Why Alaska's delegates were counted for Donald Trump

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  • The Alaska delegates' votes were counted for Donald Trump, even though he lost the caucuses

Cleveland (CNN)When Alaska Republicans went to their caucuses on March 1, Ted Cruz was the top vote-getter, followed by Donald Trump and Marco Rubio.

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Cruz captured 12 votes, Trump 11 and Rubio five. And that's what Alaska announced when its turn came on the Republican National Convention floor.
    But Tuesday night, when the state called out its results, the convention secretary counted all 28 for Trump.
    That didn't please the Alaska delegation, and after all the states had voted, it raised the attention of House Speaker Paul Ryan, who was presiding over the vote, demanding an explanation.
    After a musical interlude, RNC Chairman Reince Priebus came on the stage after the delay to explain the rule that required Alaska's total to be 28 votes for Trump.
    "This is a rule that affects only about four states," Priebus told the hall. "In this particular case, the state rules ... says that the candidates that are submitted that run in the election, if they drop out, the bound vote gets reallocated to the only candidate left that's running."
    "So, because all candidates other than Trump dropped out, all of the former candidates' delegates were reallocated to Trump," said CNN delegate analyst and former Rubio staffer Will Holley.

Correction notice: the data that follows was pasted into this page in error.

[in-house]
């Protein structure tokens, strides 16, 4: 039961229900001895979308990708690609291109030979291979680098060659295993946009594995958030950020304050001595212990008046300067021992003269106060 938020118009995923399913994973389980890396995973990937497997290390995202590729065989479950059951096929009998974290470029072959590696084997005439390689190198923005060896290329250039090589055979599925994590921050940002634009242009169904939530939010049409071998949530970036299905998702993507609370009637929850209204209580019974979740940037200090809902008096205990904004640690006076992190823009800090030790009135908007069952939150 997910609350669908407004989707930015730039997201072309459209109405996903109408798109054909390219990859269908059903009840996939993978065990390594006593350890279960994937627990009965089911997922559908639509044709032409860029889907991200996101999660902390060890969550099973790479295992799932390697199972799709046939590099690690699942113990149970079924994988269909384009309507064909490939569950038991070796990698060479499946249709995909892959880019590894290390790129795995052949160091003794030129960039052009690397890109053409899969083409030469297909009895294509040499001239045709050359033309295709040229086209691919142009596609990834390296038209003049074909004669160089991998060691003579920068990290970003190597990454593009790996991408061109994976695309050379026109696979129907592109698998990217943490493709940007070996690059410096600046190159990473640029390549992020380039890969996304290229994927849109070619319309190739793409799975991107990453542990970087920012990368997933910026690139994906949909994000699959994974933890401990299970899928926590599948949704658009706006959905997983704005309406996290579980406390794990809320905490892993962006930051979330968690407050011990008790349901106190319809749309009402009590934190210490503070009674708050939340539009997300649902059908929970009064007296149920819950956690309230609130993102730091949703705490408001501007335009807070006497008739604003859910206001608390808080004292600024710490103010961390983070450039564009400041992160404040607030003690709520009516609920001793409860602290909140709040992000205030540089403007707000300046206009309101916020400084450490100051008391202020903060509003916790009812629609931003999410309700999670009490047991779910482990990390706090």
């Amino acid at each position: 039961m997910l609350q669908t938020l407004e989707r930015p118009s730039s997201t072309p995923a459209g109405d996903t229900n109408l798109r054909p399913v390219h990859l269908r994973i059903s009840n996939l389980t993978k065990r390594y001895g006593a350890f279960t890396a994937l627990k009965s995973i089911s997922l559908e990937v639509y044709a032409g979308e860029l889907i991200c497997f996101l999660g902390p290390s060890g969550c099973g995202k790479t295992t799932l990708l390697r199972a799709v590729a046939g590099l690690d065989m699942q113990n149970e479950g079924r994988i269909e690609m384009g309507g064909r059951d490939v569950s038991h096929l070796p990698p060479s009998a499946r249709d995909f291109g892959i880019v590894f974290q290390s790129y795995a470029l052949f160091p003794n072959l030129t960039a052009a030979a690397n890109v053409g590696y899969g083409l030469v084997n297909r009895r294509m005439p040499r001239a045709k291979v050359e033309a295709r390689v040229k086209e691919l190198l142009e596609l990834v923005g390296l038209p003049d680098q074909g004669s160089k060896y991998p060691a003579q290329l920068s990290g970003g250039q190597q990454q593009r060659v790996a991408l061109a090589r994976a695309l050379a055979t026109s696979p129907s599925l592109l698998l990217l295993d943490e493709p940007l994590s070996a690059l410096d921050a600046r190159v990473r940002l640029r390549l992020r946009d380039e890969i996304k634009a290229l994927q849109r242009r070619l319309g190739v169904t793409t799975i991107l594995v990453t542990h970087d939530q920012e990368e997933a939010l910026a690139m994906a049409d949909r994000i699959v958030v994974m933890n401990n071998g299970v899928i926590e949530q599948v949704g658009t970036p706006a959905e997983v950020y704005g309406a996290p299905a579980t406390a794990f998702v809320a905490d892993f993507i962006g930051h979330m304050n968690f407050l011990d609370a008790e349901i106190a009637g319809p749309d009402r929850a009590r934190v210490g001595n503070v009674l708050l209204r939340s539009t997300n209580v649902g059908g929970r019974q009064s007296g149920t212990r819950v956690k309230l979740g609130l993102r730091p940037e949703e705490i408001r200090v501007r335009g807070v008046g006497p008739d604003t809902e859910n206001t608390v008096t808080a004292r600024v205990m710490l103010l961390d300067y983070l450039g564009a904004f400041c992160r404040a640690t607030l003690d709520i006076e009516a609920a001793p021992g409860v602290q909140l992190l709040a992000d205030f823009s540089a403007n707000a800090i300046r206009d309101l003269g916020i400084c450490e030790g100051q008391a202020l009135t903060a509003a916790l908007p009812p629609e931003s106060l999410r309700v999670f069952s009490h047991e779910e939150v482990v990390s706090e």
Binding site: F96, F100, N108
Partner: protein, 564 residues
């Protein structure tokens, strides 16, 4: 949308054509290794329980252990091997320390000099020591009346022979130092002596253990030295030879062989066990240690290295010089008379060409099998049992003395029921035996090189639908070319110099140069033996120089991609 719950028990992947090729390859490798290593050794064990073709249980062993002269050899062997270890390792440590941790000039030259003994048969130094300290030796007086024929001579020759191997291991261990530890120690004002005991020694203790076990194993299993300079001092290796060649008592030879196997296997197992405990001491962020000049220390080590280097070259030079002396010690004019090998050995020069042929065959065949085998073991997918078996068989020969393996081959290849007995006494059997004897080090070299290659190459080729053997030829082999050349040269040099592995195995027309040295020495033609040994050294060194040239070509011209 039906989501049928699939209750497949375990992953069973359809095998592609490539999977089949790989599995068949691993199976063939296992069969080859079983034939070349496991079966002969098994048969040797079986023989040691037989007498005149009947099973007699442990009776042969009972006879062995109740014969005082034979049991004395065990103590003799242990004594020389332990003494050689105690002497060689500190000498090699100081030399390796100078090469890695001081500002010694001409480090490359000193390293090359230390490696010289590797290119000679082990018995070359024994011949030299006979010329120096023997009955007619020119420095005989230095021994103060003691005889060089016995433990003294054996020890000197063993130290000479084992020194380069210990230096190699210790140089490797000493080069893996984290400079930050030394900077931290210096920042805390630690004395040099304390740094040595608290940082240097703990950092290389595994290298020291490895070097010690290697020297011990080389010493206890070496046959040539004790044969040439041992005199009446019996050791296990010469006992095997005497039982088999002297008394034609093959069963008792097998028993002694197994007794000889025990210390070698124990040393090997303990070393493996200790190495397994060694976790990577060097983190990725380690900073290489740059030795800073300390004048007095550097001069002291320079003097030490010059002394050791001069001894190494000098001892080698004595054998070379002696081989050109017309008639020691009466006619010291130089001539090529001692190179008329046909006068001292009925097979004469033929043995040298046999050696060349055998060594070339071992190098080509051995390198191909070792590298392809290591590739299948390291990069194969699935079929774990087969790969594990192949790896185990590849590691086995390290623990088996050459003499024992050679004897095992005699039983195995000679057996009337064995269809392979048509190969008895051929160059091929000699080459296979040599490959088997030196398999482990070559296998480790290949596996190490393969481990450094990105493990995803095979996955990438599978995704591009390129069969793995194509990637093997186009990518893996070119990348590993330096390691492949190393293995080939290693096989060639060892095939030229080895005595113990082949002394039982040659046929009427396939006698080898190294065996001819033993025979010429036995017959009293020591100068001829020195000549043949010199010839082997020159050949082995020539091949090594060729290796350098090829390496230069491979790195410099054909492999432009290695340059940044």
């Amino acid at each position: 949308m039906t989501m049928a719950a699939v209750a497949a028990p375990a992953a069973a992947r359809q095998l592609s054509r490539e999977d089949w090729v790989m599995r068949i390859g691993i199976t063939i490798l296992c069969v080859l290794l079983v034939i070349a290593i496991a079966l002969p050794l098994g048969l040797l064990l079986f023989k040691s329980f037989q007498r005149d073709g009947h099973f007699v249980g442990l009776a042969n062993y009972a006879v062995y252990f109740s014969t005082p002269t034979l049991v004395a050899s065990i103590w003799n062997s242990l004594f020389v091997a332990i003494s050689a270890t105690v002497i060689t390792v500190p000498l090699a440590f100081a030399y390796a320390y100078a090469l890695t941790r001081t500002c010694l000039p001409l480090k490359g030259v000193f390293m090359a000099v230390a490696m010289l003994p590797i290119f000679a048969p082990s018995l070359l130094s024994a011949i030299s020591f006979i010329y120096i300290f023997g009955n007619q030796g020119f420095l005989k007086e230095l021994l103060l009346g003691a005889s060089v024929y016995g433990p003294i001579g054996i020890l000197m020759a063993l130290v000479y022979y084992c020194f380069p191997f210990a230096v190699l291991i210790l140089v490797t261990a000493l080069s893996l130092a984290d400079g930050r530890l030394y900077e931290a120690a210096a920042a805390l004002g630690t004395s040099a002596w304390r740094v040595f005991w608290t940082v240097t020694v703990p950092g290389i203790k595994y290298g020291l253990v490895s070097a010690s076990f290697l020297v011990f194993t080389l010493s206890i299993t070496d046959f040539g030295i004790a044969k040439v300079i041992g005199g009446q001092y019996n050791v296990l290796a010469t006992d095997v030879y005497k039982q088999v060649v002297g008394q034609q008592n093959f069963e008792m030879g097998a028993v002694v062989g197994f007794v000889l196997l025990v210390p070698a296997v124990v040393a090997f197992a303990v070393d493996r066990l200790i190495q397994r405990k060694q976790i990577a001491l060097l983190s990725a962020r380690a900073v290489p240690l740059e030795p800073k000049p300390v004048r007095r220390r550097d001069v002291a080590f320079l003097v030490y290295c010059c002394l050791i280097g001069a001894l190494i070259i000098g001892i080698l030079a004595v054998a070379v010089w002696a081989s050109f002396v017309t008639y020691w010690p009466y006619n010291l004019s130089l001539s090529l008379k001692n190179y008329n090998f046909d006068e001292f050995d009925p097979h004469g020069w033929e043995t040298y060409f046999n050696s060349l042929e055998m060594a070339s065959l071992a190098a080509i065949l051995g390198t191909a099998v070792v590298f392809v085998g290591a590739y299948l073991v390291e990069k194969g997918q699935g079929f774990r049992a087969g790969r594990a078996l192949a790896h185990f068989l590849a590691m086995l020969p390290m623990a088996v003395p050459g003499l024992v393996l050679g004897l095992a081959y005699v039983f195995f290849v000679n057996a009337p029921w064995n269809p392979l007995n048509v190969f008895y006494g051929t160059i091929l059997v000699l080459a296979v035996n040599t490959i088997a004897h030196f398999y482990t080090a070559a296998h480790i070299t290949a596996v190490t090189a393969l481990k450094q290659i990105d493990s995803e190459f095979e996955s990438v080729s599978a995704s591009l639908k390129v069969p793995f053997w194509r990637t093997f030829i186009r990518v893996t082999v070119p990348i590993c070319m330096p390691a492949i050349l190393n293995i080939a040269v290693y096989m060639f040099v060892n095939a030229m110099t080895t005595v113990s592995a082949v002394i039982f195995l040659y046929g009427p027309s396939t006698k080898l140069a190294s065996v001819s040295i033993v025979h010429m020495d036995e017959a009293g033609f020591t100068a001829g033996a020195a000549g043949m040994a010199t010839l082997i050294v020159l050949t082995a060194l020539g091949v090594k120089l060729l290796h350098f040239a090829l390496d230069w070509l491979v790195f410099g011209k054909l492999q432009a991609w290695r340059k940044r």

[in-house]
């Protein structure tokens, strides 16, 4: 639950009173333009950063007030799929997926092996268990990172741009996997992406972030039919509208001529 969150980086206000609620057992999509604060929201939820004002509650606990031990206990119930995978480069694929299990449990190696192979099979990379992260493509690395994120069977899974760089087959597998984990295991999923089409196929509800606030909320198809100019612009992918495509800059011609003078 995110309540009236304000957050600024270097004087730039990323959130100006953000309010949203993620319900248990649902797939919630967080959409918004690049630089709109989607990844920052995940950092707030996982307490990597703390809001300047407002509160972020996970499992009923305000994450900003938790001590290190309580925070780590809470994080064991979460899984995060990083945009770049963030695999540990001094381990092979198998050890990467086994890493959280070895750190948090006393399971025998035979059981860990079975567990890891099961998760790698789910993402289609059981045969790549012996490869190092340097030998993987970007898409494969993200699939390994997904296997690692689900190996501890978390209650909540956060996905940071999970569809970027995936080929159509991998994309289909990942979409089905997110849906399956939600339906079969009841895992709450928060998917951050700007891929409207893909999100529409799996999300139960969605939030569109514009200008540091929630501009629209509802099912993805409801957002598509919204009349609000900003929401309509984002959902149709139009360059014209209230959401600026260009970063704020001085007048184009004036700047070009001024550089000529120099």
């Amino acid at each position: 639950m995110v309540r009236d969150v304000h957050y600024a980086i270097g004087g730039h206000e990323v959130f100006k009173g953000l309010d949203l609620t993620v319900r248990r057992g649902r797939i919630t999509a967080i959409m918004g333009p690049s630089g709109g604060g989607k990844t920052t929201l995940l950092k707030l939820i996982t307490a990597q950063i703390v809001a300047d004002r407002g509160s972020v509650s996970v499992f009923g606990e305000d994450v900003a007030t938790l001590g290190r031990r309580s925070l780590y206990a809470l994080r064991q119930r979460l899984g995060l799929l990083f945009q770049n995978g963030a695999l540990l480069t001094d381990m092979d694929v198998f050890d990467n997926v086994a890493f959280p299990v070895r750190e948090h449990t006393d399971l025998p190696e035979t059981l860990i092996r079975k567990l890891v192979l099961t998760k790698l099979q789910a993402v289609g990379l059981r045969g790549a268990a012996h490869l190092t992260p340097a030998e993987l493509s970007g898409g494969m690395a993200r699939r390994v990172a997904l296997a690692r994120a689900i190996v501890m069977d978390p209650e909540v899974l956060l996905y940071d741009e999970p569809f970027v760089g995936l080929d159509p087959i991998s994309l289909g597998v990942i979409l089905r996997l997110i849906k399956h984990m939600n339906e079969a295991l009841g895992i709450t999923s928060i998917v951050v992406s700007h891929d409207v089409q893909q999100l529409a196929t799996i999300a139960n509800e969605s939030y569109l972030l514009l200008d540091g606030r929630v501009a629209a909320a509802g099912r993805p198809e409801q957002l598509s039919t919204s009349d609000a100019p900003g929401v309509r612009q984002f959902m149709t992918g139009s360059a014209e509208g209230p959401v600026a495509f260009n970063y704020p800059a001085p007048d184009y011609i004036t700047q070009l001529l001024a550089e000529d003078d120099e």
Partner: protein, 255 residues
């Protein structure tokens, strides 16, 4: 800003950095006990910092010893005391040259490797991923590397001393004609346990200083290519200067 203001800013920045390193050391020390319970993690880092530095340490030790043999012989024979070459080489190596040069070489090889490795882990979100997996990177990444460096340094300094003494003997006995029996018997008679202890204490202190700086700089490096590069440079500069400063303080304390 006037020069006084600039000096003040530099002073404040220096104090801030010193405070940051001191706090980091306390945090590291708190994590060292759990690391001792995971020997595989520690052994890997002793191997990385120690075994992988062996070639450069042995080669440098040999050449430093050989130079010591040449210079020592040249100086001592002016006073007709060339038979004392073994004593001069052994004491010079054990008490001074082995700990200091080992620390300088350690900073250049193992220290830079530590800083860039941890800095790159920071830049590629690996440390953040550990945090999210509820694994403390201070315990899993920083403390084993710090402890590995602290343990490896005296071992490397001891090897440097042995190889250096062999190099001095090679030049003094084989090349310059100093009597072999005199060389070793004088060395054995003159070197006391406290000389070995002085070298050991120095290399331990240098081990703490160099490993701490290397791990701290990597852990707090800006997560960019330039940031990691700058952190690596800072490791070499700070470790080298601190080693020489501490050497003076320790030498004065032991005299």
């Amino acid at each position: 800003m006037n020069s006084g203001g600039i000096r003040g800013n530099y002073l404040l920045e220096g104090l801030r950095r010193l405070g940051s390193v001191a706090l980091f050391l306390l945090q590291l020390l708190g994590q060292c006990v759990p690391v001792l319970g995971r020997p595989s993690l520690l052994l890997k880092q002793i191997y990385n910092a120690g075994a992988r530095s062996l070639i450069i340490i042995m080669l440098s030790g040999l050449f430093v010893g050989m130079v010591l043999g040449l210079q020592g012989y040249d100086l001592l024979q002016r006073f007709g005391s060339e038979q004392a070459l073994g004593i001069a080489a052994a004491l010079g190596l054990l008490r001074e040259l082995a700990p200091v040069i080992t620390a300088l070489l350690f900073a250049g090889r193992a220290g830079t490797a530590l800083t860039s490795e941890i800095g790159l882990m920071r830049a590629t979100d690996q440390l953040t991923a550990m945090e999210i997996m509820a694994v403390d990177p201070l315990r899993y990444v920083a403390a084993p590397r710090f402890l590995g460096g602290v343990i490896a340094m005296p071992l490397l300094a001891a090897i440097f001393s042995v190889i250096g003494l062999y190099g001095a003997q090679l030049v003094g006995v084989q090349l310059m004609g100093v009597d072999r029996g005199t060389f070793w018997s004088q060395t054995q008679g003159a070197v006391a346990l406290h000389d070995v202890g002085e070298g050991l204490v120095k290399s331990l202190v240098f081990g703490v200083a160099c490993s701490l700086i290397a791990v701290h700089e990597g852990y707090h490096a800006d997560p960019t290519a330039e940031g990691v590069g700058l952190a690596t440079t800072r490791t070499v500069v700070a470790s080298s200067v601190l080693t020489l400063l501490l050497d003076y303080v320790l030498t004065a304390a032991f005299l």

Alaska chairman Tuckerman Babcock says he disagrees with the RNC ruling, although the state is behind Trump as the nominee.
    "Alaskans wanted to respect the will of our primary voters and they voted to send delegates to the national convention 12 for Cruz, 11 for Trump and five for Rubio. That's what we're doing here, that's why I reported it that way," Babcock said. "Our rules are confusing. The RNC interpreted them a certain way, and reallocated everyone to Trump, officially. We don't agree with that interpretation and that's what the discussion was about."
    He added, "So I don't find the RNC's interpretation outrageous, just wrong."
    Priebus also noted that the RNC was willing to record votes for other candidates, a departure from previous years.
    "I know that was different than Tampa, and I hope that you all appreciated that," Priebus said.